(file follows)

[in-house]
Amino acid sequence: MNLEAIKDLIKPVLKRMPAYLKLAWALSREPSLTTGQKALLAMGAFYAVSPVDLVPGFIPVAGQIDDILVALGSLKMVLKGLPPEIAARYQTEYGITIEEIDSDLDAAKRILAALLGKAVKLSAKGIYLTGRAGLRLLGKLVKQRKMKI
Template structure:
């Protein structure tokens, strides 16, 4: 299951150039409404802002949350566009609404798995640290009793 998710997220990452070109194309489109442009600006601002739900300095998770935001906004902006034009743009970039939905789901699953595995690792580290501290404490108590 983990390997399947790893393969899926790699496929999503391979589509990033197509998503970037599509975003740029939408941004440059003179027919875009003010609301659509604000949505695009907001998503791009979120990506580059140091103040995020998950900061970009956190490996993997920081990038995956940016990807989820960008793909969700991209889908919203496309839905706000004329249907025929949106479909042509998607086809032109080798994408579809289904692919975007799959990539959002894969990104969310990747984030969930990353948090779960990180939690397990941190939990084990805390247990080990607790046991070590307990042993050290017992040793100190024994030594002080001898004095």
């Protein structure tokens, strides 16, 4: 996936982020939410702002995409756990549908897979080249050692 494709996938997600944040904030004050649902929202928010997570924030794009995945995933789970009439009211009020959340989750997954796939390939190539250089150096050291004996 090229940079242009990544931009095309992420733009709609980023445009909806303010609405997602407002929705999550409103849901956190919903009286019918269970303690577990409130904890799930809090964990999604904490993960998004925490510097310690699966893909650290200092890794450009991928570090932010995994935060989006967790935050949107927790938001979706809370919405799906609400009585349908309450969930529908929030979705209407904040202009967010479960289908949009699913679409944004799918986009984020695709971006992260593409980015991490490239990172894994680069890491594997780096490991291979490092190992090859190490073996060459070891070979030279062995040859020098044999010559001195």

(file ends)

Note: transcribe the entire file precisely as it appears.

[in-house]
Amino acid sequence: MNLEAIKDLIKPVLKRMPAYLKLAWALSREPSLTTGQKALLAMGAFYAVSPVDLVPGFIPVAGQIDDILVALGSLKMVLKGLPPEIAARYQTEYGITIEEIDSDLDAAKRILAALLGKAVKLSAKGIYLTGRAGLRLLGKLVKQRKMKI
Template structure:
């Protein structure tokens, strides 16, 4: 299951150039409404802002949350566009609404798995640290009793 998710997220990452070109194309489109442009600006601002739900300095998770935001906004902006034009743009970039939905789901699953595995690792580290501290404490108590 983990390997399947790893393969899926790699496929999503391979589509990033197509998503970037599509975003740029939408941004440059003179027919875009003010609301659509604000949505695009907001998503791009979120990506580059140091103040995020998950900061970009956190490996993997920081990038995956940016990807989820960008793909969700991209889908919203496309839905706000004329249907025929949106479909042509998607086809032109080798994408579809289904692919975007799959990539959002894969990104969310990747984030969930990353948090779960990180939690397990941190939990084990805390247990080990607790046991070590307990042993050290017992040793100190024994030594002080001898004095």
């Protein structure tokens, strides 16, 4: 996936982020939410702002995409756990549908897979080249050692 494709996938997600944040904030004050649902929202928010997570924030794009995945995933789970009439009211009020959340989750997954796939390939190539250089150096050291004996 090229940079242009990544931009095309992420733009709609980023445009909806303010609405997602407002929705999550409103849901956190919903009286019918269970303690577990409130904890799930809090964990999604904490993960998004925490510097310690699966893909650290200092890794450009991928570090932010995994935060989006967790935050949107927790938001979706809370919405799906609400009585349908309450969930529908929030979705209407904040202009967010479960289908949009699913679409944004799918986009984020695709971006992260593409980015991490490239990172894994680069890491594997780096490991291979490092190992090859190490073996060459070891070979030279062995040859020098044999010559001195």